St. Ignatius encourages us to use our imaginations in order to put ourselves into situations such as described in today’s Gospel. To do so usefully, we have to know what Jesus’ words would have meant to his hearers.
It is helpful to remember that the Jews understood themselves to be God’s people. For the three centuries before Jesus’ time they had lived under tyrannical Syrian and Roman rulers. The tyranny was bad enough. That it was pagan was worse. This just wasn’t right! Six centuries earlier, when they had been exiles in Babylon, they had been freed as a result of a defeat of the Babylonians by Cyrus the Great of Persia. The news of Cyrus’ victory was called “Gospel”. It wasn’t just “good news” as we blandly translate it today. It was news of a decisive victory by which God was liberating His people. The Jews of Palestine in Jesus’ time were convinced that the time of their liberation had come once again. So Jesus’ message would have been welcomed with enthusiasm – at least initially. When He preached the “Gospel of the Kingdom”, He used “Gospel” deliberately. He was saying that God had intervened decisively and was about to inaugurate His rule, to implement His vision of how His creation should operate. He called upon His hearers to change their priorities (repent) so as to take advantage of what God was doing. It was a message of hope. People hoped that he was the Messiah – the new ruler who would throw off the yoke of tyranny under which they lived and reestablish God’s reign.
So what would have been my response if I had been in Jesus’ audience?
Perhaps it would have depended upon how comfortable I was. After all, considerable risk was involved. Caesar was emperor, and Herod, king, not Jesus. Furthermore, if I myself turned away from Jesus’ call, your acceptance of Jesus would have put me at risk anyway, for the Romans would quash both of us without distinction. (This helps us get some sense of the divisions Jesus said His life and self-giving would generate, e.g., Luke 12:51–53). So I guess my response would depend heavily upon how much I felt I needed to be saved – or from what – and whether I was willing to accept the kind of salvation Jesus offered, which wasn’t so much freedom from Rome, as freedom from the ultimate tyranny – sin and its consequences.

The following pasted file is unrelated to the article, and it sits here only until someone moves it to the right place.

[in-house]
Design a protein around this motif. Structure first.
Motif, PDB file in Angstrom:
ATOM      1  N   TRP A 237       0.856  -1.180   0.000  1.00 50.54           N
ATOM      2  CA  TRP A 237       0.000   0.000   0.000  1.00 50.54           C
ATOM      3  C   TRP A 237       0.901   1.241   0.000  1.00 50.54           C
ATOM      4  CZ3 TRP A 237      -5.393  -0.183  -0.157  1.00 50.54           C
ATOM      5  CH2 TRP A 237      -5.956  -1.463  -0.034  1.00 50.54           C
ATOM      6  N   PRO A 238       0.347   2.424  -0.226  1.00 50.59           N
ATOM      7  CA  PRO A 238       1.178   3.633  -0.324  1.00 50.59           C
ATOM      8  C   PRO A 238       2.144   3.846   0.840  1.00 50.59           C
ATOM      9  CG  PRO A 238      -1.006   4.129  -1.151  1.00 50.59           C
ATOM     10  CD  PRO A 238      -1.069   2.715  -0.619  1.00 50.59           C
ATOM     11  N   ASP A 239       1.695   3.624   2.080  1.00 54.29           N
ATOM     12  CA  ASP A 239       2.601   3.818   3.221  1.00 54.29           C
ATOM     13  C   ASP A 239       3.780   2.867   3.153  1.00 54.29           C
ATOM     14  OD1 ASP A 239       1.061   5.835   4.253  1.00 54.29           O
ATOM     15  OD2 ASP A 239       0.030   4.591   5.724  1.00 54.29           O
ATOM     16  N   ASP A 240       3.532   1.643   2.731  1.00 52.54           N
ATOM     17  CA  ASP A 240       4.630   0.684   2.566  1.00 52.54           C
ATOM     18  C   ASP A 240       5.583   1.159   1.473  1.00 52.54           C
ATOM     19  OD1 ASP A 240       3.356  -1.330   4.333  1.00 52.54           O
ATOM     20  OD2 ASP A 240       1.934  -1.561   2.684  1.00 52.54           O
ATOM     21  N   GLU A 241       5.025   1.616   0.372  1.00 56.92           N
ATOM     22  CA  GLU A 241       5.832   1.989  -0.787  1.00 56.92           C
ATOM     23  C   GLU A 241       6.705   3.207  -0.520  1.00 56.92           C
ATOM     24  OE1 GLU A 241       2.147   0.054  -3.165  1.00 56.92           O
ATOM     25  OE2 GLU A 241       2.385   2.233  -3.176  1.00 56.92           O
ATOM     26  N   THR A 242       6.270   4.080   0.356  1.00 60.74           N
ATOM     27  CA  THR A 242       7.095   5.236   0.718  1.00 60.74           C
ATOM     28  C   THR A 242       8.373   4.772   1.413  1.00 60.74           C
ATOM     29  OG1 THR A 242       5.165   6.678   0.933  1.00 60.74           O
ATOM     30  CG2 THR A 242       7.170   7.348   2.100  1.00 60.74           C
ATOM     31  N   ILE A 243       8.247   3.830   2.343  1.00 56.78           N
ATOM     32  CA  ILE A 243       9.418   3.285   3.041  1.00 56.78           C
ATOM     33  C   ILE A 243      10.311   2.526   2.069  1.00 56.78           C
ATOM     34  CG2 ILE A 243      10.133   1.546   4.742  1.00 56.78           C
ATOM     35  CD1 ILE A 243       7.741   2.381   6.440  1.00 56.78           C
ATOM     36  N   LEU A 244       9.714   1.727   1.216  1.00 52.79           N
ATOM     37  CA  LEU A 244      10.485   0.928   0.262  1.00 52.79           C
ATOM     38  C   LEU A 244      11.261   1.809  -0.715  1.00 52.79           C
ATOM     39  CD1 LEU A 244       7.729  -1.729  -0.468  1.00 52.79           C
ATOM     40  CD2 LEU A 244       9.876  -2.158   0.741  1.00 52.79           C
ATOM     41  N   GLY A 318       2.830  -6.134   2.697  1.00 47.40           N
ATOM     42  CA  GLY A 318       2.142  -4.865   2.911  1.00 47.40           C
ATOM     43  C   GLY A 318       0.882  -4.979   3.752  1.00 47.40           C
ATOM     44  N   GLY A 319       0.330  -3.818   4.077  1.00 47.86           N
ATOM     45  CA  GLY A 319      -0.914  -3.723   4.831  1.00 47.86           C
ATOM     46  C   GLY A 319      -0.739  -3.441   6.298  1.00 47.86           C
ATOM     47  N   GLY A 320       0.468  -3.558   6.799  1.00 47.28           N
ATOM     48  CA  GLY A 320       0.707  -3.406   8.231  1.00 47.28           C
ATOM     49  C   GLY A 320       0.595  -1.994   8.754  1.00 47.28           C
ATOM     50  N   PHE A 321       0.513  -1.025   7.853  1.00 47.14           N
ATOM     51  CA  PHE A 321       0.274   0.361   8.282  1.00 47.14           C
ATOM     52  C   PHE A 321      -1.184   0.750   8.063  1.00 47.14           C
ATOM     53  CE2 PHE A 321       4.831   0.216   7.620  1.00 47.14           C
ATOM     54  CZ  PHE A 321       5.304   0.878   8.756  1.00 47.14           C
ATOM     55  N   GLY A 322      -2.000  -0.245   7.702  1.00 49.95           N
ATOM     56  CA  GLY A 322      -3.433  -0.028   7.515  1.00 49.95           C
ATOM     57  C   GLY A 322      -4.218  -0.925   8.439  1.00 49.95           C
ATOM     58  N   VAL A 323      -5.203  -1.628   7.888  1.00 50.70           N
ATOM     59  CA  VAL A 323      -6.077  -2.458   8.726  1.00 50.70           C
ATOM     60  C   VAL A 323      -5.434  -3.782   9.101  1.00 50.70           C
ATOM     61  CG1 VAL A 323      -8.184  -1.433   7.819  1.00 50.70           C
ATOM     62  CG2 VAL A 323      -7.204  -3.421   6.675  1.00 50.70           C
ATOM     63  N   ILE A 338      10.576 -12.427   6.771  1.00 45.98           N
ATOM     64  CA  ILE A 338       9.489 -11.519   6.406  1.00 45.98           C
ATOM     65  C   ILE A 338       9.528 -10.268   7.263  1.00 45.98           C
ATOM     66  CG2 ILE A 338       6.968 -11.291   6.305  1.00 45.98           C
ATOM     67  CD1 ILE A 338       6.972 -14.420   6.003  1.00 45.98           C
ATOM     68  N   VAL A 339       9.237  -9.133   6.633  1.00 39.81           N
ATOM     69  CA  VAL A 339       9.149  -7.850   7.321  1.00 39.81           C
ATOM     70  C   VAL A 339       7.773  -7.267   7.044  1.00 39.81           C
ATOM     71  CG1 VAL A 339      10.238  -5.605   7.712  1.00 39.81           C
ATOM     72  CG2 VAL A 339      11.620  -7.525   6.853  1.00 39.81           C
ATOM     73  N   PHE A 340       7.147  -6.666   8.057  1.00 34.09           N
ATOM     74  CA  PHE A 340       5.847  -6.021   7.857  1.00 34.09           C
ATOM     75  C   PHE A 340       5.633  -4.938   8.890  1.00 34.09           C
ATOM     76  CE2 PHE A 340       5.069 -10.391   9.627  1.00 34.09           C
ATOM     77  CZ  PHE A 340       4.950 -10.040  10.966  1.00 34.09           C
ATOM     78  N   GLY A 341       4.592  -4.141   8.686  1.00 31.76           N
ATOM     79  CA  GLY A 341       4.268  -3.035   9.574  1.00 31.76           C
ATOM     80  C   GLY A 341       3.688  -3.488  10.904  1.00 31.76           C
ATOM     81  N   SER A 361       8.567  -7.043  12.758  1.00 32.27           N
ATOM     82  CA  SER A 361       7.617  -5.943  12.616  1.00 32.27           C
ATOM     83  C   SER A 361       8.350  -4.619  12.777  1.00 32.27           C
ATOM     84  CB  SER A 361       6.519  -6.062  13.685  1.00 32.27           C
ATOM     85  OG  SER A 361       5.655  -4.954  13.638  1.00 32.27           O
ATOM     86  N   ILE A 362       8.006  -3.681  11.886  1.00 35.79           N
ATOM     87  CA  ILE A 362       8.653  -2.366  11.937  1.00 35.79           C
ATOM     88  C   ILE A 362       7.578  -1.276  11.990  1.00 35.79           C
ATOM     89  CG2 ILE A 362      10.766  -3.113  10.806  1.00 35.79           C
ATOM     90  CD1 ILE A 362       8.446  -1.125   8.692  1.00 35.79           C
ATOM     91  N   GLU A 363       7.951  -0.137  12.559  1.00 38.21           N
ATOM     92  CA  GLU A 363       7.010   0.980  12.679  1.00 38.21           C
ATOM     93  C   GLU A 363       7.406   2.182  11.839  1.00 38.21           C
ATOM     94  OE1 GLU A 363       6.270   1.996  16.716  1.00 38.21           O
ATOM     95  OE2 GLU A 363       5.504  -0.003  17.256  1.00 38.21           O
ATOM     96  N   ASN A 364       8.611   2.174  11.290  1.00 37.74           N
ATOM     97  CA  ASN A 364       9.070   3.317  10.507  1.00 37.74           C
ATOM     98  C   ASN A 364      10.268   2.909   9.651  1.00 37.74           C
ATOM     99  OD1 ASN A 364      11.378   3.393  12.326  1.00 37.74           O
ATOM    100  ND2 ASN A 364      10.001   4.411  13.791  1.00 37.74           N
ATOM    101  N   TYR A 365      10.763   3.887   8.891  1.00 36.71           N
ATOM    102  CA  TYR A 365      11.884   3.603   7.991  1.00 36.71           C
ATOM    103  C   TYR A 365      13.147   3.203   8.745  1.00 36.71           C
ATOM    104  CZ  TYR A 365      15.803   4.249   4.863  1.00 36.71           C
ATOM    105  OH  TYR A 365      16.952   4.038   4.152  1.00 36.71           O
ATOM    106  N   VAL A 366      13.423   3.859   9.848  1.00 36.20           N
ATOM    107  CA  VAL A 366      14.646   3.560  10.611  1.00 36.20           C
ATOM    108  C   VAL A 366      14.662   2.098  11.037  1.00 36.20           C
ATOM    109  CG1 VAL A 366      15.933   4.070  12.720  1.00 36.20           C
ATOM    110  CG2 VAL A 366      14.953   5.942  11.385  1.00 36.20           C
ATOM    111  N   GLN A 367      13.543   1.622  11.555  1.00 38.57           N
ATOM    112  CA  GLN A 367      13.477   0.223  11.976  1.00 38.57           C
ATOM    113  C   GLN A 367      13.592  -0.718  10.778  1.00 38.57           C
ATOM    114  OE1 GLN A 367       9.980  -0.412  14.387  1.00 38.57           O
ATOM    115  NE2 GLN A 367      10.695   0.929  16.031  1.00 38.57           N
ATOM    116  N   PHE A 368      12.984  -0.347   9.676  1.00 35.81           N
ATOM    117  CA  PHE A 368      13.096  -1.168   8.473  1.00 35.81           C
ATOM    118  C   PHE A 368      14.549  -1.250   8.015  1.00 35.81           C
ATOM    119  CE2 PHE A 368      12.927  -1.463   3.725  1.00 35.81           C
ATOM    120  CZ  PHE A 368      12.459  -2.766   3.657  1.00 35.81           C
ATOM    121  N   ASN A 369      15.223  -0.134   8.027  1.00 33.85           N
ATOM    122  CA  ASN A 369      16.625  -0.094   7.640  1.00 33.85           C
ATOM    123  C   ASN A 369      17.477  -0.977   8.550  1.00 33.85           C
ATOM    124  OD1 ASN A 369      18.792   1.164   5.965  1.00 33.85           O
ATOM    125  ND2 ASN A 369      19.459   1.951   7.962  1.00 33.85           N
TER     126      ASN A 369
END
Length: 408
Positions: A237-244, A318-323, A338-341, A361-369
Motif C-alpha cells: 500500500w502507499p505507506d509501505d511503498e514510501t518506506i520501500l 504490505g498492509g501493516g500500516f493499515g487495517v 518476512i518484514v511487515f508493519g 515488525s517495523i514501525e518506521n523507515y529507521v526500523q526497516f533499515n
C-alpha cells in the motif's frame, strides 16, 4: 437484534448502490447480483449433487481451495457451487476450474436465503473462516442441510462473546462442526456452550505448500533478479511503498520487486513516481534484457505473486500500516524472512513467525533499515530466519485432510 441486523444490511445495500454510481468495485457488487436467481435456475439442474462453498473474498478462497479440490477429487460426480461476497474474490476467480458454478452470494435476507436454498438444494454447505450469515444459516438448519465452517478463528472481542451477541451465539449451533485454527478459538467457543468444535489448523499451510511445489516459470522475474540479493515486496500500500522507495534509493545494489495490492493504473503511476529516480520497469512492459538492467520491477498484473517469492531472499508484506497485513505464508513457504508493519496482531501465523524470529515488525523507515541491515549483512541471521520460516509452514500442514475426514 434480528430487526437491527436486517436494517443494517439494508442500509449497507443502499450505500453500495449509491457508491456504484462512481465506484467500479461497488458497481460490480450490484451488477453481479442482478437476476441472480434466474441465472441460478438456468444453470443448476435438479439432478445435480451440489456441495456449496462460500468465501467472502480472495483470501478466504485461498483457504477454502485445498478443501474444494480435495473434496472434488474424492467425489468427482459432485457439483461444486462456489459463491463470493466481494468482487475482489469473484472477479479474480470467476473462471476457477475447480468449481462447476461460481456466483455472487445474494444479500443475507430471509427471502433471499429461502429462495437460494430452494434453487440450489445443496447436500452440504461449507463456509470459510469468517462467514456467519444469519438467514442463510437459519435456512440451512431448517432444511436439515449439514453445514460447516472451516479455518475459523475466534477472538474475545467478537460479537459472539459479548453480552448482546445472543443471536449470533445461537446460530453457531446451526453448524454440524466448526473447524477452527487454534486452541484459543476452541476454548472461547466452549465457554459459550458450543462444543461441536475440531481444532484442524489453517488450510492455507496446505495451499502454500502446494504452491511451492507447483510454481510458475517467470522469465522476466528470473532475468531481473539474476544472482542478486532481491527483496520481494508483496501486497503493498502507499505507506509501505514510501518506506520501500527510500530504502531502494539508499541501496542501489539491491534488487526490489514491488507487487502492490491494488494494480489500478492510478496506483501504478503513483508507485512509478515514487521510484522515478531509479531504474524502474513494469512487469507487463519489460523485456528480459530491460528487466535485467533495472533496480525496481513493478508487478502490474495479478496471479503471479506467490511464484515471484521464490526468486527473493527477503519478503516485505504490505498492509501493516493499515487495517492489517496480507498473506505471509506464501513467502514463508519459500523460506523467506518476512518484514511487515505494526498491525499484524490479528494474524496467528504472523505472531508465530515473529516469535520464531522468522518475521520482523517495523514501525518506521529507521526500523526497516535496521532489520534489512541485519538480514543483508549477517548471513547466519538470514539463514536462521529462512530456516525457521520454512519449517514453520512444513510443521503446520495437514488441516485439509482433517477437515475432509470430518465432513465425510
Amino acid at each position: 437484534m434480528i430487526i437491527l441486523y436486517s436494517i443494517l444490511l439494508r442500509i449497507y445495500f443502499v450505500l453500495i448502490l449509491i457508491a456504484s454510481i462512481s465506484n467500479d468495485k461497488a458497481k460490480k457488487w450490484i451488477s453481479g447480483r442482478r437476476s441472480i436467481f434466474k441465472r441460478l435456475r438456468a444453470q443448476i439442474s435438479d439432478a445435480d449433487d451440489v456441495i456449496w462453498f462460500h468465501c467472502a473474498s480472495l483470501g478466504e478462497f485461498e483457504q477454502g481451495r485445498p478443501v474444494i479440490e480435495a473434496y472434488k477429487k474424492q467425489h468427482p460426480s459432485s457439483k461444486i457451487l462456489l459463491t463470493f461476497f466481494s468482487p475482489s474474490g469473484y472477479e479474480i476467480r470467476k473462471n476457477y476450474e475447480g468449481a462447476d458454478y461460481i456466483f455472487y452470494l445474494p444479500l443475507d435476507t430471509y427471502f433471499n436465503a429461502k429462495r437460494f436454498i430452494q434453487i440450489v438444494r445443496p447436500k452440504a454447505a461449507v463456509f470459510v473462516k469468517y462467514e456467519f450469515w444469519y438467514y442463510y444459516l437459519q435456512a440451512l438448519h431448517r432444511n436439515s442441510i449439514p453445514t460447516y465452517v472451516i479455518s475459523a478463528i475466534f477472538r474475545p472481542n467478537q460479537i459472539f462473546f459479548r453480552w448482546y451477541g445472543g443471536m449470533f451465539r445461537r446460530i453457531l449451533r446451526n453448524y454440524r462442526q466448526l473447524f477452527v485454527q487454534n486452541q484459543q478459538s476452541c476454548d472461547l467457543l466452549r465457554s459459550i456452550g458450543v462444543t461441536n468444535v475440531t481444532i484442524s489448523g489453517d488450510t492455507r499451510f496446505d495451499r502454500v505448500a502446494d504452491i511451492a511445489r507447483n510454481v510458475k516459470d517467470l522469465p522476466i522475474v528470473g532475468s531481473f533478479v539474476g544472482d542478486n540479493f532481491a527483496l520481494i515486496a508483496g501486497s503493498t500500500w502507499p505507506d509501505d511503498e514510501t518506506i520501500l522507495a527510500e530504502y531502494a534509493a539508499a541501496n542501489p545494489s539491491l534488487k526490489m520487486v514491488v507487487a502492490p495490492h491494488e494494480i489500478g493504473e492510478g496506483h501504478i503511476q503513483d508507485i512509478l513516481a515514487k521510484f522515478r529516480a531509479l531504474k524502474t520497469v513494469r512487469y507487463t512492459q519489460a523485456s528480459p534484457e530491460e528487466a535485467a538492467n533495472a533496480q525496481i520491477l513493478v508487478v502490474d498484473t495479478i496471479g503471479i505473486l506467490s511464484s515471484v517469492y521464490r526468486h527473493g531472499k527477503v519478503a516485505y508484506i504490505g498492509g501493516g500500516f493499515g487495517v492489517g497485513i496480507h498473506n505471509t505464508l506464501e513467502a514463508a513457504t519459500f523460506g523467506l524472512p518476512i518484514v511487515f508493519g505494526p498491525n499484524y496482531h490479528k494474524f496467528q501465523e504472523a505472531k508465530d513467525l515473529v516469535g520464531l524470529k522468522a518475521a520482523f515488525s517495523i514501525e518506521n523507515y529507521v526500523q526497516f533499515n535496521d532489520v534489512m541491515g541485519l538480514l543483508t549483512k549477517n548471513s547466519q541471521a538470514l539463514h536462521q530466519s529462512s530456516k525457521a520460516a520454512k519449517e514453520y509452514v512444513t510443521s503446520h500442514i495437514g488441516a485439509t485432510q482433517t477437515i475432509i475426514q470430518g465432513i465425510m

What do those issues mean for us today? We have just celebrated the birth of one we call our “Savior”. Do we feel we have been saved? That we needed to be saved? Don’t just give the Catechism answer. Think “salvation” in the concrete terms for which a decisive victory by God would have had tangible meaning – for example the miraculous saving of the Chilean miners just three months ago.
Europe, it is said, is all but lost to the faith. If so, that is partly because the European experience of church has not been particularly edifying, but partly also because technology and social politics have removed much of the more concrete causes of insecurity that had been nearly universal in all societies until this past century. But Jesus’ salvation was never technological nor political (which, by the way, was a disappointment to some of His would-be followers). So, then, what does it mean when we say Jesus saves us from sin? When we think “sin”, don’t think just of your own sinfulness. Think larger. John Paul II asserted that our world order was dominated by what he termed “structures of sin”.
We live under tyrannies that reject what God values. We are citizens of a country that wages unjust war (but makes us pay for it with our taxes), and of a state that still practices the death penalty. Our pension funds are invested in companies that exploit and oppress and despoil. (The pressures of our economic system literally force them to do so.) Yet more: The United States has just come through a painful national election, and whether you or I agree about the particular outcomes, the divisions were as harsh, mean, and selfish as one can remember or imagine. (It seems clear that the real loser was the common good.) Does this sound like how God wants His world to operate? Is our contemporary situation really all that different from that in which a Jew in Galilee lived over 2,000 years ago?
The rule of God was inaugurated in Jesus’ death and resurrection, and is reflected and activated in our every deed of justice and love. But that rule is still not fully established in our world. Do we – does our world – need to be saved? Emphatically yes!
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